Minimum Envelope U and R values ~ R 26 Roof,
~R 9.8 Walls
• Base EUI - ~132
www.schoolclearing house.org) ~158,000 ft2
2 Story- Prototype
42
Evaluated Select Alternatives (ECM’s):
•Variety of Building Envelopes - Walls & roofs
R-Value = 24.3
8-in. concrete masonry
backup wythe, grouted
48 in. o.c. vertically and
12 ft o.c. horizontally
3 in. polyisocyanurate
rigid board insulation
1 in. airspace
4-in. clay brick veneer
Vary the exterior masonry cavity wall insulation: 1 ¼” thick polystyrene, 1
½” thick polystyrene, 2” thick polyisocyanurate foam board, 3”
polyisocyanurate foam board. Over 100% swing in insulation values.
43
Evaluated Select Alternatives (ECM’s):
•Variety of Building Envelopes - Walls
Exterior CMU wall structure to an insulated concrete form (ICF)
wall system; 4” face brick, air space, 1 ½” polyurethane, 6” 140lb
concrete, 1 ½” polyurethane, and ½” gypsum board.
44
Investigated Energy Conservation Measures
• Each of the Mature alternative energy
conservation measures (ECM’s) technologies
were incorporated into the building.
• Prototype building was re-analyzed using eQuest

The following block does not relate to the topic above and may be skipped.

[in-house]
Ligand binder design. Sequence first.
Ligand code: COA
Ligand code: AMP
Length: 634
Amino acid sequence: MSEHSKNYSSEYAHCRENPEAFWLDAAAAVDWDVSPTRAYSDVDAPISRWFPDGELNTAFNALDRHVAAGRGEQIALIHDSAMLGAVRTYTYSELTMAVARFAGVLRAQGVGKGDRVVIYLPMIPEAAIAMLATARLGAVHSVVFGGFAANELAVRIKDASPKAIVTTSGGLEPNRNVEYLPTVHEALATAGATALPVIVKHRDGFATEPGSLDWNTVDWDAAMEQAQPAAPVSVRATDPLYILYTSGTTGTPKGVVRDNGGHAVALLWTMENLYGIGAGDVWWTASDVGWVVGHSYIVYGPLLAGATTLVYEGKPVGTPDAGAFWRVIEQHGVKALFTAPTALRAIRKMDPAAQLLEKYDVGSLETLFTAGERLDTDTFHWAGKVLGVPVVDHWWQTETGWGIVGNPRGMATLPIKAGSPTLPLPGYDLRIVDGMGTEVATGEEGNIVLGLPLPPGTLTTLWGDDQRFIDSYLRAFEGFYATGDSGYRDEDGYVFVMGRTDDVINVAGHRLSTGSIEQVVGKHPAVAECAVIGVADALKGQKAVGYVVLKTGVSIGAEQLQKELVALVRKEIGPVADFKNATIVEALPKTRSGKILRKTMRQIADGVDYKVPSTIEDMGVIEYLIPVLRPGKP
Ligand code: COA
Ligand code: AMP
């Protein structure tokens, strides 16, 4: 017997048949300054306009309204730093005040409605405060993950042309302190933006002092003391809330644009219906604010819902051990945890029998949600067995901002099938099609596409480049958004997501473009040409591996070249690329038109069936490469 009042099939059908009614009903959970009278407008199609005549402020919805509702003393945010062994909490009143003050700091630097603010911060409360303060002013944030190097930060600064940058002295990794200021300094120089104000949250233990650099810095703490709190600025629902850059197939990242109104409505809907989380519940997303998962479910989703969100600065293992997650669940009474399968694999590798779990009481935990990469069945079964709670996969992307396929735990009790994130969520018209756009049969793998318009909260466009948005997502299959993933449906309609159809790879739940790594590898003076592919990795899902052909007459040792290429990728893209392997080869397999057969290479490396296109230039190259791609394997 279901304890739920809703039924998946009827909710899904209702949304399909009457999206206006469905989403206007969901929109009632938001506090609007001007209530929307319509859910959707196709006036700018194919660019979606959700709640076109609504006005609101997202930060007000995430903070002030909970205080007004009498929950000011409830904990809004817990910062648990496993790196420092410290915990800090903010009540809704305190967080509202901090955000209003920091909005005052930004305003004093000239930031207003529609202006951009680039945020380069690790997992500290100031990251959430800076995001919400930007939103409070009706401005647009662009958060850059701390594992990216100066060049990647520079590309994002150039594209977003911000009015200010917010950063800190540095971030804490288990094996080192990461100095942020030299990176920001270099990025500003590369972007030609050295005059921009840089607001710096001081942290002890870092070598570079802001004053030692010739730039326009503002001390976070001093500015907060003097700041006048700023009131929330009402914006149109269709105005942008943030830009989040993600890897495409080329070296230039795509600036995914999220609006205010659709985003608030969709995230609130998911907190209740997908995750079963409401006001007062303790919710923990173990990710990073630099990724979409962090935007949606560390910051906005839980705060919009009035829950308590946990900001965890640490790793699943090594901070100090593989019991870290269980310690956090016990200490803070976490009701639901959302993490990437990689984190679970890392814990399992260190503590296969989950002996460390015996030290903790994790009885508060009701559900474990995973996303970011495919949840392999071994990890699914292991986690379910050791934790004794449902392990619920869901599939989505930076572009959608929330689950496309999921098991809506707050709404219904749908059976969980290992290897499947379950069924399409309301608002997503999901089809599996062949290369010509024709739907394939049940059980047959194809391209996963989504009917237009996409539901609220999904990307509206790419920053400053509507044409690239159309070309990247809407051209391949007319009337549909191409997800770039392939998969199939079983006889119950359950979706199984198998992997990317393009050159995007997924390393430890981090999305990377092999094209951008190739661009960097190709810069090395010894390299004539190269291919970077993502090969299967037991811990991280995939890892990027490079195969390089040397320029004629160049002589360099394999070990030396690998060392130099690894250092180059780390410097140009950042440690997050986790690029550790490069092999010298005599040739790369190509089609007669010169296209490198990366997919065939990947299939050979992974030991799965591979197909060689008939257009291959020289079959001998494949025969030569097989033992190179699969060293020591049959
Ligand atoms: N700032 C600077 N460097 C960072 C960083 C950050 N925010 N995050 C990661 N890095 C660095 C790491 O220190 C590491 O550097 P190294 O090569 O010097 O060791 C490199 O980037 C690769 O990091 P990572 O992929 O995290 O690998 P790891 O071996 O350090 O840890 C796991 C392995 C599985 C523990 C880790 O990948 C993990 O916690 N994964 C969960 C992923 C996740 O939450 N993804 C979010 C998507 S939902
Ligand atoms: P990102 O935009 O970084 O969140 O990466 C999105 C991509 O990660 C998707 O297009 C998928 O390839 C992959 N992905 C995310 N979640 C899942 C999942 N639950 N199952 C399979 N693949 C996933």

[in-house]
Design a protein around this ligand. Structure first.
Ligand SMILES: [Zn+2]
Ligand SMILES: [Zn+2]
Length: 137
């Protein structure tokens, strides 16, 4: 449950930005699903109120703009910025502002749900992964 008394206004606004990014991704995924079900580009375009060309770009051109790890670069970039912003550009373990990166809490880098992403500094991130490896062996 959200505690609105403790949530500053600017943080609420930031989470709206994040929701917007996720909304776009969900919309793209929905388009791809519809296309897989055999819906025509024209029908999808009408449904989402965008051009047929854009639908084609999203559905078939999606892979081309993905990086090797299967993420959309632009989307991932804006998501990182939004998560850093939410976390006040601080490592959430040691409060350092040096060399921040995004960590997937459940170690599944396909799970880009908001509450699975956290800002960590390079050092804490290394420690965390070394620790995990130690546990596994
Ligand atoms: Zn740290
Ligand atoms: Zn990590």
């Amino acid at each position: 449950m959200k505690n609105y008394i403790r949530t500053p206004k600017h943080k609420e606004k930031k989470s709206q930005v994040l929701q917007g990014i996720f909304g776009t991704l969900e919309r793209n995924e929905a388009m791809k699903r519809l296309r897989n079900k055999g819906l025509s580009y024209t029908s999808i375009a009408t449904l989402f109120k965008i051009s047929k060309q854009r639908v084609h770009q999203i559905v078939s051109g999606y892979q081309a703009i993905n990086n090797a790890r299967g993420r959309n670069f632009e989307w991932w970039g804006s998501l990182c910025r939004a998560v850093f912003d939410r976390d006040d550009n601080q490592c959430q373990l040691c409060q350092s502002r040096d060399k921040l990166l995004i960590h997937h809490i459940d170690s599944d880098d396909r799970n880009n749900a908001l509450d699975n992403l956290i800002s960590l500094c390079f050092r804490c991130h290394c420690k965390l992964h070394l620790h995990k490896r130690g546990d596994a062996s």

(DOE2) for each ECM singly and in groups - 5 KY
cities. Holistic analysis – Energy Budget Method
• Conducted an economic differential cost analysis
– Pay back and Self-funding
Energy Savings and Payback in Typical Middle School*
*Louisville, KY – other climates similar
EUI – Energy Use Index (kBtu/SF)
Roof
%EUI
Reduction
from 132
Base R = 22
pitched, R
26.3 flat
R = 29.4
pitched,
R 33.3 flat BUR
0.3%
R = 37.0
pitched,
R 40 flat BUR
0.6%
Windows
Simple
Payback
(years)
160
189
Base U =
.54/.64
glass/frame
%EUI
reduction
from 132
Simple
Payback
(years)
Higher
U=.67/.69
0.0%
Lower
initial
cost
Lower
U=.23/.31
0.2%
39
Walls
Base R = 9.1
4” brick,
8” CMU
%EUI
Reduction
from 132
Simple
Payback
(years)
R = 13.3”
4” brick,
8” CMU
0.3%
<1.0
R = 25,
4” brick,
8” CMU
0.6%
75.3
Base 0.5 Air
change /hour
ICF
R = 22,
4” brick
0.5%
335
0.2 Air
change/hour
0.7%
52
0.1 Air
change/hour
-0.1%
No
return
0.6%
Potential
lower
initial
cost**
BVSS
R = R37 ,
4” brick,
6 “ Steel Stud
Air Barriers
%EUI
Reduction
from 132
Simple
Payback
(years)
** lower initial cost ignores structural steel frame costs
and probable condensation and maintenance issues
Courtesy of the Indiana-Kentucky Structural Masonry Coalition
For more details See: “Cost Effective
Energy Efficient School Design”
Report (McGinley 2011)
46
Energy Savings and Payback in Typical Middle School*
*Louisville, KY – other climates similar
EUI – Energy Use Index (kBtu/SF)
Combination Conventional
Base 80%
%EUI
Reduction
from 132
Simple
Payback
(years)
6.5%
90%
%EUI reduction
from 132
Base – see
report
Boilers
0.2
Conventional
VAV All- R 13
walls, Set backs
Orientation,
Controls, etc.
58.5%
Simple
Payback
(years)
2.5
HVAC Systems
Base VAV
Chiller Boiler